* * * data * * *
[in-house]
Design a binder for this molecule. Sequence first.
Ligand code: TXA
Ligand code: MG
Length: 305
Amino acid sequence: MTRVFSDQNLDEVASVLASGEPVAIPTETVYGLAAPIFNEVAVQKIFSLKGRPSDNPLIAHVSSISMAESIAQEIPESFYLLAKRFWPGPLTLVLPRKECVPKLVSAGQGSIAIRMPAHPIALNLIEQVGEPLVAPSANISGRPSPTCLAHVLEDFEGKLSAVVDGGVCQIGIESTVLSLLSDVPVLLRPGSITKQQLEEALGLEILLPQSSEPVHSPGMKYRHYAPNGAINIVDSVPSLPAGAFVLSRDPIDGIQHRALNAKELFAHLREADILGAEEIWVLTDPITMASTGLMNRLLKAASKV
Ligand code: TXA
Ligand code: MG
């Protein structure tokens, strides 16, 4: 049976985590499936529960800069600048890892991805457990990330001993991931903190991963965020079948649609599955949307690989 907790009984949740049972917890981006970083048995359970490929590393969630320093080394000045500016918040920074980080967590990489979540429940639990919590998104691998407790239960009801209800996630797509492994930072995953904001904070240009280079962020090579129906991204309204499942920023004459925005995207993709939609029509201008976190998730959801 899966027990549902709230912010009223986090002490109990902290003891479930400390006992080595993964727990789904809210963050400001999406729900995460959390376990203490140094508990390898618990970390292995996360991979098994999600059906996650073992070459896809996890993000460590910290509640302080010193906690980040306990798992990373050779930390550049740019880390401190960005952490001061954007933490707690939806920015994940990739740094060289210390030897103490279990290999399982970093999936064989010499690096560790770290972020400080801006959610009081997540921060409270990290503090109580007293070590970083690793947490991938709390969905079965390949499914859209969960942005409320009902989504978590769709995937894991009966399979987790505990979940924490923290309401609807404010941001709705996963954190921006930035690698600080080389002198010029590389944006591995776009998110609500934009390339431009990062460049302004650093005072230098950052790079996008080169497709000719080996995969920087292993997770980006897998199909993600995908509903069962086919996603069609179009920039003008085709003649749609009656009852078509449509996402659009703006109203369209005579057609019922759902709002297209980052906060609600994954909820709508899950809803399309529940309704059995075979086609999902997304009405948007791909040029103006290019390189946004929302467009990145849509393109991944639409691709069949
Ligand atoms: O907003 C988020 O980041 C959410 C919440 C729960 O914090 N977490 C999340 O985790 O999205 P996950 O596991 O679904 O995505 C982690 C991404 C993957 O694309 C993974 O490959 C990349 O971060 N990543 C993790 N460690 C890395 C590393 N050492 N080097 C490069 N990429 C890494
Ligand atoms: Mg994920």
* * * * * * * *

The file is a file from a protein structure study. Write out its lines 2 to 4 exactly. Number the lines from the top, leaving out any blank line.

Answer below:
Design a binder for this molecule. Sequence first.
Ligand code: TXA
Ligand code: MG